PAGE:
In the government's written response (Doc. 7) the government takes no position as to whether the ACA applies to this prosecution. The government does assert, however, that Defendant was not denied her Sixth Amendment right to counsel. The government further argues that, even under Arizona law Defendant's right to counsel was not violated because the NPS rangers' actions were reasonable given that the rangers were timely pursuing an investigation.

The government also maintains Defendant did not request an evidentiary hearing and, therefore, the Court should decide this matter based solely upon the record. The government is correct that the face of Defendant's motion does not present a formal request for an evidentiary hearing; however, at page five of the motion Defendant indicates a desire to testify at a "requested hearing". Accordingly, it is not correct to assert Defendant has not sought an evidentiary hearing. However, the Court has concluded that the issue presented can be decided as a matter of law and that an evidentiary hearing is not required. The parties agree to the essential facts, i.e., that Defendant made requests for counsel; the parties disagree as to the timing of the requests and the rangers' responses to these requests. The different assertions of facts do not change the legal analysis and, accordingly, the motion to dismiss is ripe for resolution without an evidentiary hearing.

The Assimilative Crimes Act ("ACA"), codified at 18 U.S.C. § 13, states in pertinent part:

Whoever within or upon any of the places now existing or hereafter reserved or acquired as provided in section 7 of this title... is guilty of any act or omission which, although not made punishable by any enactment of Congress, would be punishable if committed or omitted within the jurisdiction of the State ... in which such place is situated, by the laws thereof in force at the time of such act or omission, shall be guilty of a like offense and subject to a like punishment.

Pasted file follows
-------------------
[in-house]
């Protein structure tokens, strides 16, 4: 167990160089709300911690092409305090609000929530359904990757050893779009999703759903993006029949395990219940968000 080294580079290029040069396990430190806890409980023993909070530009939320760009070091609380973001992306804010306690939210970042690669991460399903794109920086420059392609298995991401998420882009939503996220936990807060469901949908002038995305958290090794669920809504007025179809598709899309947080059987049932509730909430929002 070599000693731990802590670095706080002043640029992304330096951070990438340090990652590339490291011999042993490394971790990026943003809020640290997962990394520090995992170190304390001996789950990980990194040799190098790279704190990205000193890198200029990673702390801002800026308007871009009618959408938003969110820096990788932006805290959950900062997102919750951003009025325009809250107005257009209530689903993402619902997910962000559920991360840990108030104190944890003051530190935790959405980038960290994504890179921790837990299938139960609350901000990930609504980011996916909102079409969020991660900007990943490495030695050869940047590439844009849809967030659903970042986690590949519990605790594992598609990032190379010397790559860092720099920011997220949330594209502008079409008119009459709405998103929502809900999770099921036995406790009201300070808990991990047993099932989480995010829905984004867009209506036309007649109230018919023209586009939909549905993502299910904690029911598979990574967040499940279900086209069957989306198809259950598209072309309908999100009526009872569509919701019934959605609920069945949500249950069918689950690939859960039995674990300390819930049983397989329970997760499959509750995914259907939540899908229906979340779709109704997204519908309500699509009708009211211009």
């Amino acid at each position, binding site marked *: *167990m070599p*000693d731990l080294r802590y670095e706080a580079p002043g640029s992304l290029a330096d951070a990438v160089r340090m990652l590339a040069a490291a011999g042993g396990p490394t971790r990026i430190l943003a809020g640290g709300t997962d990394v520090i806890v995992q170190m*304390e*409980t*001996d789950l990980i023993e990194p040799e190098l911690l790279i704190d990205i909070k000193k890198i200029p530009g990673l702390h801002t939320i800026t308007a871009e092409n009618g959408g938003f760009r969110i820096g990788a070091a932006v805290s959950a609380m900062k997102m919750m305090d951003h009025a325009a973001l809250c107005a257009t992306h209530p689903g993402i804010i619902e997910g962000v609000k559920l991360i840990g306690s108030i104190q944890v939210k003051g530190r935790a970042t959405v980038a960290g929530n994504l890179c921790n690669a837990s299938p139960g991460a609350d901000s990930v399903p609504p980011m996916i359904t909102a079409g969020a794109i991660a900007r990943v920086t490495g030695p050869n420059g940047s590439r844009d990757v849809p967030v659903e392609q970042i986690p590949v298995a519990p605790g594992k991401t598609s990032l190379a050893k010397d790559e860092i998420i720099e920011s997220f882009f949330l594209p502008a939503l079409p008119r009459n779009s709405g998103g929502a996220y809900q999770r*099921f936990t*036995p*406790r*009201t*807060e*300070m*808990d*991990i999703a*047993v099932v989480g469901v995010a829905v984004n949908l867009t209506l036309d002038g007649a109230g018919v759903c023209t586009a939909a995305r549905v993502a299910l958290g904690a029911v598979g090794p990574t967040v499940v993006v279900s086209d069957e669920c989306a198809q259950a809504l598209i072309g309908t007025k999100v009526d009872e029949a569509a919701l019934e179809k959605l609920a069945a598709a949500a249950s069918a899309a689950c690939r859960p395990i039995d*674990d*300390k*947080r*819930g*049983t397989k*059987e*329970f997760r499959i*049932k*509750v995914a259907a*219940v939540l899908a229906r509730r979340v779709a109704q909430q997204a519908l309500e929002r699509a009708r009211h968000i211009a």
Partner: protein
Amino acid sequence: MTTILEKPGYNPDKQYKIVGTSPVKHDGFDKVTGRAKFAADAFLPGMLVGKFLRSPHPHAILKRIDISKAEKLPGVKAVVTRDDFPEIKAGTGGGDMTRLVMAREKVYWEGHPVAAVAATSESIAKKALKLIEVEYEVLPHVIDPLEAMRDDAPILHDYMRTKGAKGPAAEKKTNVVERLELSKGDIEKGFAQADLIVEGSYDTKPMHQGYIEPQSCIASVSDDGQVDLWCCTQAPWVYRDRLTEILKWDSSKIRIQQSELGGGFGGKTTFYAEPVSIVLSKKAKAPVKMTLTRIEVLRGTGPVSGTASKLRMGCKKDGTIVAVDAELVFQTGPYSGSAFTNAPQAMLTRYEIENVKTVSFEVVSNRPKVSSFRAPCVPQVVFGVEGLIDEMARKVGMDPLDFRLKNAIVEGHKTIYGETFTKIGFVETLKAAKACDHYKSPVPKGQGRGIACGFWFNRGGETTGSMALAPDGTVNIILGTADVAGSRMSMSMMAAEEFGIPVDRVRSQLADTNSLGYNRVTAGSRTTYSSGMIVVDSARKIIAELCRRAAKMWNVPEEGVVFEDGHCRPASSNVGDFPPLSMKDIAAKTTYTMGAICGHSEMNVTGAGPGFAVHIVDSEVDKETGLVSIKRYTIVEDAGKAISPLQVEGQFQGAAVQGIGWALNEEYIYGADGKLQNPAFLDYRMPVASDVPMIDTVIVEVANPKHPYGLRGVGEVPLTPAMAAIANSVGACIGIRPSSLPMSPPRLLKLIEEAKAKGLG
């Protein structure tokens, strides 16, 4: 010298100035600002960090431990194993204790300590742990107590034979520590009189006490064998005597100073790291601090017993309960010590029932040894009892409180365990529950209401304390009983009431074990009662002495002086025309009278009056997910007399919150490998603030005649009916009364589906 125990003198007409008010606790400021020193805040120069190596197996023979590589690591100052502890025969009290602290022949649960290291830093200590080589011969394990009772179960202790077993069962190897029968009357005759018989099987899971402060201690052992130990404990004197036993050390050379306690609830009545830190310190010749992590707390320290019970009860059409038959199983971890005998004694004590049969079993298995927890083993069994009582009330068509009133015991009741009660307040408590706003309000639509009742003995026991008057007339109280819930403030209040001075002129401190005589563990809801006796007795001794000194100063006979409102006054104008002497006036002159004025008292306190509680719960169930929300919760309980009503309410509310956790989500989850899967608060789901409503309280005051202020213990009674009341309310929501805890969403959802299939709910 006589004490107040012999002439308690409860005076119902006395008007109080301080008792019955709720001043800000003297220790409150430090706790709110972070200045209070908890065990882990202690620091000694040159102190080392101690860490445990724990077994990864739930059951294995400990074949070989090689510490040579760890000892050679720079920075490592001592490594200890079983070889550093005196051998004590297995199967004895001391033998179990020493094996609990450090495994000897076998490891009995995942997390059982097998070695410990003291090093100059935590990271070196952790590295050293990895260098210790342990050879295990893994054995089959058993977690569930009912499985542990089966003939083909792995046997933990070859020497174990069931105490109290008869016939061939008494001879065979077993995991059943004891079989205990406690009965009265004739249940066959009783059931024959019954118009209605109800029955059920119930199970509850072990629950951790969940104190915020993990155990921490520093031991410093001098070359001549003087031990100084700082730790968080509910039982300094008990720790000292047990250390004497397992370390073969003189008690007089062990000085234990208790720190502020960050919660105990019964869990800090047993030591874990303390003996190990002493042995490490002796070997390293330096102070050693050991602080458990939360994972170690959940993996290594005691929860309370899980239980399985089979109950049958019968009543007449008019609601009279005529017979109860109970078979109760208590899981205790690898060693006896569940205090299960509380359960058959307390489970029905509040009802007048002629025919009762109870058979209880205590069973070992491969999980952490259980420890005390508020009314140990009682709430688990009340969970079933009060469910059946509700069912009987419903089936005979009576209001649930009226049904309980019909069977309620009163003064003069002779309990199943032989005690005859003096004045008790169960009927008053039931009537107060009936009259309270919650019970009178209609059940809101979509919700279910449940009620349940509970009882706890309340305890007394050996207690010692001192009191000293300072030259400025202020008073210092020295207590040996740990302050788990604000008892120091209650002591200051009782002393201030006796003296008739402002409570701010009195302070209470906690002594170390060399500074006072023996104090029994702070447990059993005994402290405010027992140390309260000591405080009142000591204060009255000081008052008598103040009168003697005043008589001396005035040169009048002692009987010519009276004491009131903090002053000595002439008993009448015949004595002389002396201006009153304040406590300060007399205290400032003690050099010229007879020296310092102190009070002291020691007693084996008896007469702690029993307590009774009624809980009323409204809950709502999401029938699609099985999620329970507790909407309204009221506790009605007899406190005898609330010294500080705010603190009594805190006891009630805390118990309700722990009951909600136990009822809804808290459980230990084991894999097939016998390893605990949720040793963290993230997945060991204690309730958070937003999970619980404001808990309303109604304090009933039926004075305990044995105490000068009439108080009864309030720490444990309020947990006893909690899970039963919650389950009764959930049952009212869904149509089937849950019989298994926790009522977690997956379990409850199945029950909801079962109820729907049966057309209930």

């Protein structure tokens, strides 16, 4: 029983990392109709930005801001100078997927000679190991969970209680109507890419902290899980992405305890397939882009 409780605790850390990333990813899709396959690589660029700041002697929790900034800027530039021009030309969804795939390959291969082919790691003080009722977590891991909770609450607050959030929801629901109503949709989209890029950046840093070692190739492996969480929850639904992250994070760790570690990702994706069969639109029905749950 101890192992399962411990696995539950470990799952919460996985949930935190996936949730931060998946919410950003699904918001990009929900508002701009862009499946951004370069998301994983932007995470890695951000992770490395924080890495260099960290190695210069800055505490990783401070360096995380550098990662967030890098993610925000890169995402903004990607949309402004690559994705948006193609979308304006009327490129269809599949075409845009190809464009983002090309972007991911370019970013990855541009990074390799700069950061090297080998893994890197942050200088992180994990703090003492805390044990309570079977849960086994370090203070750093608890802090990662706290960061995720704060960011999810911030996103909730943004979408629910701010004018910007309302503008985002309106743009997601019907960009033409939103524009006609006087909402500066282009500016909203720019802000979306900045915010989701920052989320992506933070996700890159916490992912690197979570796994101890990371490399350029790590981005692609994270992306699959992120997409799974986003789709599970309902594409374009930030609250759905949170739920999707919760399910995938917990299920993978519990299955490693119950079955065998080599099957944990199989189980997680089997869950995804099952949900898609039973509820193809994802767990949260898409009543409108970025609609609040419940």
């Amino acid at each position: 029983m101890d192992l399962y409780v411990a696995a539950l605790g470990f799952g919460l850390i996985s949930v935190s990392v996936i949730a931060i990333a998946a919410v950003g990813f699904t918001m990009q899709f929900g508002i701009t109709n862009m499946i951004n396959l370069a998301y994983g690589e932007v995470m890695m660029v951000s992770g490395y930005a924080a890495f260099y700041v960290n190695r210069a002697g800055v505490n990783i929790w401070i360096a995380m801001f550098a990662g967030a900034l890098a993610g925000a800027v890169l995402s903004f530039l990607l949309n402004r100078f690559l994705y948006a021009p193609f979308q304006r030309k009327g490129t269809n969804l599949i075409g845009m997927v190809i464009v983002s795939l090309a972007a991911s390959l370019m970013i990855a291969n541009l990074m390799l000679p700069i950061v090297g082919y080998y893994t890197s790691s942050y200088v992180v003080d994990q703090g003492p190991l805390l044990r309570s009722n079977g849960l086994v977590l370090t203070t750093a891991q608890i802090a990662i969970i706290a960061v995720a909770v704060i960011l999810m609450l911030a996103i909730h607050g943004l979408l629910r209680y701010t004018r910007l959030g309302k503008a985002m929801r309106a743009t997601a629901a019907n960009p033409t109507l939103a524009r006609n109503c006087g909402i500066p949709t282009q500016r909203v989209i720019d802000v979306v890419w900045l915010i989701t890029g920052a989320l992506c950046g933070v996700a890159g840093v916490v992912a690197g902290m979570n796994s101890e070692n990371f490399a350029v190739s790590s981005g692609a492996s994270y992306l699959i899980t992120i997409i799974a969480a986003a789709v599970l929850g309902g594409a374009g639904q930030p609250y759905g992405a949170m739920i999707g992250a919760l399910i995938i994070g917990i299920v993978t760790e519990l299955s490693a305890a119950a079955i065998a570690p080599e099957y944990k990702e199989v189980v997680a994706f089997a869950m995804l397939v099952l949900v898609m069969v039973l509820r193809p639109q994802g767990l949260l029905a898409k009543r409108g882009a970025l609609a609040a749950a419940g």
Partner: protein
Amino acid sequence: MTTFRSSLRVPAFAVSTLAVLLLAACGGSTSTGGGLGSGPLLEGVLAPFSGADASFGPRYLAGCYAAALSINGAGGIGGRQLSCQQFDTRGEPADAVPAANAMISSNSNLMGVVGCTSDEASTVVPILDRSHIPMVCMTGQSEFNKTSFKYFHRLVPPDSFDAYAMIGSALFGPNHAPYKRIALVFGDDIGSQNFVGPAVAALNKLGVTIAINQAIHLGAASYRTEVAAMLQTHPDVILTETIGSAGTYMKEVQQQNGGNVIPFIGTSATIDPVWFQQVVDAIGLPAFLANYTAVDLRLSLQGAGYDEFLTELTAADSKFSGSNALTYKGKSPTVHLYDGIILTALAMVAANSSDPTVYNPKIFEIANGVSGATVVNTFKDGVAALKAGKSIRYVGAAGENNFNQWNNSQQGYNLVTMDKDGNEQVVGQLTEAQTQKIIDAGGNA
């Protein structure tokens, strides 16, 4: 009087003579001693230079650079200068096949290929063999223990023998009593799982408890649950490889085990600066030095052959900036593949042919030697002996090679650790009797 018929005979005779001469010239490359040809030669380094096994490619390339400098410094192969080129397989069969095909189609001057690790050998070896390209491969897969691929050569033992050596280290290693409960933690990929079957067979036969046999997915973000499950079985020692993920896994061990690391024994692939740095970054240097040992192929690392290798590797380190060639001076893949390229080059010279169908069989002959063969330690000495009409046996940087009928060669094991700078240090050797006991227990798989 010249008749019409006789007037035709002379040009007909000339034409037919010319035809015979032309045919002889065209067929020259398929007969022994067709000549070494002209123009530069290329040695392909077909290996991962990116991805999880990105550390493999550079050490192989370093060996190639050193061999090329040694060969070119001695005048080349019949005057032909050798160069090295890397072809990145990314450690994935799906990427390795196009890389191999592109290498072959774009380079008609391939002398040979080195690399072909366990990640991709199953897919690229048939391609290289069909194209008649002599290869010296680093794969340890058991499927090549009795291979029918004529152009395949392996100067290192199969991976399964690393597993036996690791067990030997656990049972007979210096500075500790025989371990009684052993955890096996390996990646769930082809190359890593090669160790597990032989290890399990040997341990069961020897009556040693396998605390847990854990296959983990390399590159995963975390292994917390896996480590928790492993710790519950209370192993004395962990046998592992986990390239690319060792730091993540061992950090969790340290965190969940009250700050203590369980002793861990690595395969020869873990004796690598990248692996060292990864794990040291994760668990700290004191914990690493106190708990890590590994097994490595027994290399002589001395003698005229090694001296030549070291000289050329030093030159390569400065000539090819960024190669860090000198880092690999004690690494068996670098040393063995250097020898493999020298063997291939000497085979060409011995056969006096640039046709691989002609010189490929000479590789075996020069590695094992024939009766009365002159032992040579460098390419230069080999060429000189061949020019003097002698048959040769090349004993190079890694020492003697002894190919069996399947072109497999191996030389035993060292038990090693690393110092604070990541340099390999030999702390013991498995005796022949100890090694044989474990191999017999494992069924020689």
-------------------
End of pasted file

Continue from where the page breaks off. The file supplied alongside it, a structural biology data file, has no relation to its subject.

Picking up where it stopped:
(emphasis added).

Defendant relies upon this Court's opinion in United States v. Goodwin for the proposition that the ACA applies to this prosecution. A review of Goodwin fails to support Defendant's contention. The defendant in Goodwin was prosecuted under Arizona law, pursuant to the ACA, because NPS regulations did not penalize the defendant's conduct of allegedly abusing his puppy to such a degree it may have resulted in the puppy's death. The Court explained in considerable detail the analysis applied by the Supreme Court in Lewis v. United States , 523 U.S. 155, 118 S.Ct. 1135 (1998), the legal acquisition of Grand Canyon National Park, and why, in that matter, prosecution pursuant to the ACA was proper.

To the contrary in the instant matter, Defendant is charged with violating five separate specific NPS regulations. A plain reading of the language in paragraph 13(a) of the ACA quoted supra precludes application of the ACA to Defendant's case. The United States Congress, through delegation of rule-making authority to the Department of the Interior and the NPS, has made Defendant's specific alleged conduct punishable under federal law, i.e., acts " made punishable by any enactment of Congress". See United States v. Bohn , 622 F.3d 1129, 1134 (9th Cir. ...